US Veterans Were Paid By Saudis To Fight 9/11 Families’ Lawsuits

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The "Tribute in Light" memorial is in remembrance of the events of Sept. 11, 2001.
Air Force photo/Denise Gould

Saudi Arabia, a key U.S. ally and home of 15 of the 19 Sept. 11 hijackers, was funding an expensive campaign to oppose a law passed by Congress that allows victims’ families to sue any foreign country found to support a terrorist attack that kills U.S. citizens on American soil, the Associated Press reports.


The campaign, carried out by a number of American public relations firms and lobbying  groups, involved paying U.S. veterans to visit Capitol Hill and warn lawmakers about the potential unintended consequences of the bill. Many of the veterans who took those trips were unaware that they were being funded by the Saudi government.

“It was very evident that they weren’t forthcoming; they were telling us the whole truth,” David Casler, a former Marine who was recruited into the campaign, told the AP. “They flat-out lied to us on the first day with the statement: ‘This is not paid for by the Saudi Arabian government.’”

Congress passed the law, the Justice Against Sponsors of Terrorism Act, or JASTA, in September, overriding a veto by President Barack Obama. The bill didn’t mention any specific countries, but it was obviously aimed at Saudi Arabia. While the 9/11 Commission’s final report found no evidence that the Saudi government or officials funded al-Qaeda, it concluded that the terror group found “fertile fundraising ground in Saudi Arabia.”   

Osama Bin Laden, the mastermind behind the Sept. 11 attacks, was born and raised in Saudi Arabia. He was expelled from the kingdom in 1991, a few years after founding al Qaeda. However, Zacarias Moussaoui, the so-called “20th hijacker,” who is currently serving a life sentence in Colorado for his connections to al Qaeda, testified in 2014 that Saudi leaders had supported the terrorist group with money and coordination up until the 2001 attacks. Moussaoui’s testimony fueled rumors of Saudi involvement in 9/11 that have swirled since the attacks.     

The Saudi Foreign Ministry responded to the passing of JASTA by saying it hoped “wisdom will prevail and that Congress will take the necessary steps to correct this legislation in order to avoid serious unintended consequences that may ensue.” Part of the effort to spread that “wisdom” was carried out by veterans deployed to Washington by a network of lobbying firms.  

Soon after JASTA was passed, a lobbying and public relations firm that represents Saudi Arabia called Qorvis MSLGroup hired 70 subcontractors to alert lawmakers and the general public to “potential legal liabilities arising for U.S. military, intelligence, and diplomatic personnel.”

The chief lobbyist for the Saudi Embassy in Washington told the AP that it had funded the campaign, but that it had encouraged its subcontractors to be as transparent with that fact as possible. Under federal law, anyone working on behalf of a foreign government must register with the U.S. government before beginning work. However, one of the organizations spearheading the campaign, a California-based firm called Capitol Media Group, did not register until three months after it began sending “groups of 25-35” veterans to Capitol Hill.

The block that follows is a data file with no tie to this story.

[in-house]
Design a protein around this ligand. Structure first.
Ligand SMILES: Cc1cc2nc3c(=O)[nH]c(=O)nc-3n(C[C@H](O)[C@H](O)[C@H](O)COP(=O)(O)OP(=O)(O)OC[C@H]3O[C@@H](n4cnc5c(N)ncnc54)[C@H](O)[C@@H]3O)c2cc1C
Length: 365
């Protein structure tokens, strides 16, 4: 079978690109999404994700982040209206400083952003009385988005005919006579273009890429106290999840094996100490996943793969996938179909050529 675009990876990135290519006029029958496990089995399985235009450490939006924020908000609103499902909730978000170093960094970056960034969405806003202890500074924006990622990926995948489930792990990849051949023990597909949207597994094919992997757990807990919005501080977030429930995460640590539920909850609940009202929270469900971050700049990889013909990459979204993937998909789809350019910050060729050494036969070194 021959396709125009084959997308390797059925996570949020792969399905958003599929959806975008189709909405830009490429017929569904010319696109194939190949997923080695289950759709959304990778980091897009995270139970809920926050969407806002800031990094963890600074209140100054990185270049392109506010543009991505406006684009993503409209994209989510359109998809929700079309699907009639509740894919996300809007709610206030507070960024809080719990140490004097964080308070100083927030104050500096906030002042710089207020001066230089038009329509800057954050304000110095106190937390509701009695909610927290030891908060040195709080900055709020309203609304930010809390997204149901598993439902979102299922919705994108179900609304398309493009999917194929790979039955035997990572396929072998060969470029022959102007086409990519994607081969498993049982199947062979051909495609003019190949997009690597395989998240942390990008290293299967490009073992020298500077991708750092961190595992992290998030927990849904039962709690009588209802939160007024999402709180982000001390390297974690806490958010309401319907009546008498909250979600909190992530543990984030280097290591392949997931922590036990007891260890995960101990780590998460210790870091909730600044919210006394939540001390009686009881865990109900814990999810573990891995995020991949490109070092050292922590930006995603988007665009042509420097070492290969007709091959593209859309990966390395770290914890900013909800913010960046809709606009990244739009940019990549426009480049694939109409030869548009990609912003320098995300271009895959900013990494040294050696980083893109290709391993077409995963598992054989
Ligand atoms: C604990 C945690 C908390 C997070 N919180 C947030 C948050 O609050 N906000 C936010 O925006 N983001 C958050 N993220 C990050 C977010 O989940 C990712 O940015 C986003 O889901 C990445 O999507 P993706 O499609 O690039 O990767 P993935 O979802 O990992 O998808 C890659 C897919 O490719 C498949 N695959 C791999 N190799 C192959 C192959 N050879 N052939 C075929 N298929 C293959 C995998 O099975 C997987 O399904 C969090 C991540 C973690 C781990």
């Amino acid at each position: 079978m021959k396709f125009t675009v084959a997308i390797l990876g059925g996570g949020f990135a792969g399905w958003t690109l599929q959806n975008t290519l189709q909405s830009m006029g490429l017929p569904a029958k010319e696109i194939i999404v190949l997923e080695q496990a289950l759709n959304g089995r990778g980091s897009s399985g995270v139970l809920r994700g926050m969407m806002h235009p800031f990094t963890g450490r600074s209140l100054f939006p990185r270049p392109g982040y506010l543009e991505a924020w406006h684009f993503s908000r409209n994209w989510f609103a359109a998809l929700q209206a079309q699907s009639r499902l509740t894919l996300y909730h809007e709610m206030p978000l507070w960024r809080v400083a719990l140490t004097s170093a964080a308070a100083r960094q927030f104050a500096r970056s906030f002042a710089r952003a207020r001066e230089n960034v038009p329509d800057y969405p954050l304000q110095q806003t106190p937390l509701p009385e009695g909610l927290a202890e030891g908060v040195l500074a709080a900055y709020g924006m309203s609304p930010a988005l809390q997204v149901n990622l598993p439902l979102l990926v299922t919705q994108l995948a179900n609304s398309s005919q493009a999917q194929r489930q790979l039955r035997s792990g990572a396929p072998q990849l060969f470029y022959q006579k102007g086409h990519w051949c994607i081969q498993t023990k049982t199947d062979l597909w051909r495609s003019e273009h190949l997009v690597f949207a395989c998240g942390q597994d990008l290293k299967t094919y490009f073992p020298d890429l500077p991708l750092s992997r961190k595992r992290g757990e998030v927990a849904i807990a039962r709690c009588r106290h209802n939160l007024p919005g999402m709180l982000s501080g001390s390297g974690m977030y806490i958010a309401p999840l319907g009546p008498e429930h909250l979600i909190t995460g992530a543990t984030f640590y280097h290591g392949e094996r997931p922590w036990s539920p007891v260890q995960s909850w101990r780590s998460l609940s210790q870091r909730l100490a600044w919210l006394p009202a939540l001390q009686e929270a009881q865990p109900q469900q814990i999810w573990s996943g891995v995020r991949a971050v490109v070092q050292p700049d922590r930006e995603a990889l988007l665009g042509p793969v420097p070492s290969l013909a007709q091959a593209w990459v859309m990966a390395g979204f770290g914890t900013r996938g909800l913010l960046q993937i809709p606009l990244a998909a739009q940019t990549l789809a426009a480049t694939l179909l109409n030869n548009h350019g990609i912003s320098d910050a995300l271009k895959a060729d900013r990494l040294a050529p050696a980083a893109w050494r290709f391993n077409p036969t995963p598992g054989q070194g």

Veterans recruited into the campaign had their flights and accommodations — including stays at the Trump International Hotel in Washington —  paid for with Saudi money distributed by the subcontractors, according to Justice Department filings examined by the AP.  The veterans were encouraged to wear their medals when meeting with Congress.

In an interview with the AP, Chuck Tucker, a retired U.S. Air Force major general who took part in the lobbying, said he knew all along that the campaign was being funded by the Saudis.

“You stay with your wingman. We have allies. They’re not perfect, we’re not perfect,” he said. “It’s not like it was blood money. We’re taking money from somebody who is our friend and ally helping us around the world.”

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Editor's Note: The following is an op-ed. The opinions expressed are those of the author, and do not necessarily reflect the views of Task & Purpose.

We are women veterans who have served in the Army, Navy, and Marine Corps. Our service – as aviators, ship drivers, intelligence analysts, engineers, professors, and diplomats — spans decades. We have served in times of peace and war, separated from our families and loved ones. We are proud of our accomplishments, particularly as many were earned while immersed in a military culture that often ignores and demeans women's contributions. We are veterans.

Yet we recognize that as we grew as leaders over time, we often failed to challenge or even question this culture. It took decades for us to recognize that our individual successes came despite this culture and the damage it caused us and the women who follow in our footsteps. The easier course has always been to tolerate insulting, discriminatory, and harmful behavior toward women veterans and service members and to cling to the idea that 'a few bad apples' do not reflect the attitudes of the whole.

Recent allegations that Secretary of Veterans Affairs Robert Wilkie allegedly sought to intentionally discredit a female veteran who reported a sexual assault at a VA medical center allow no such pretense.

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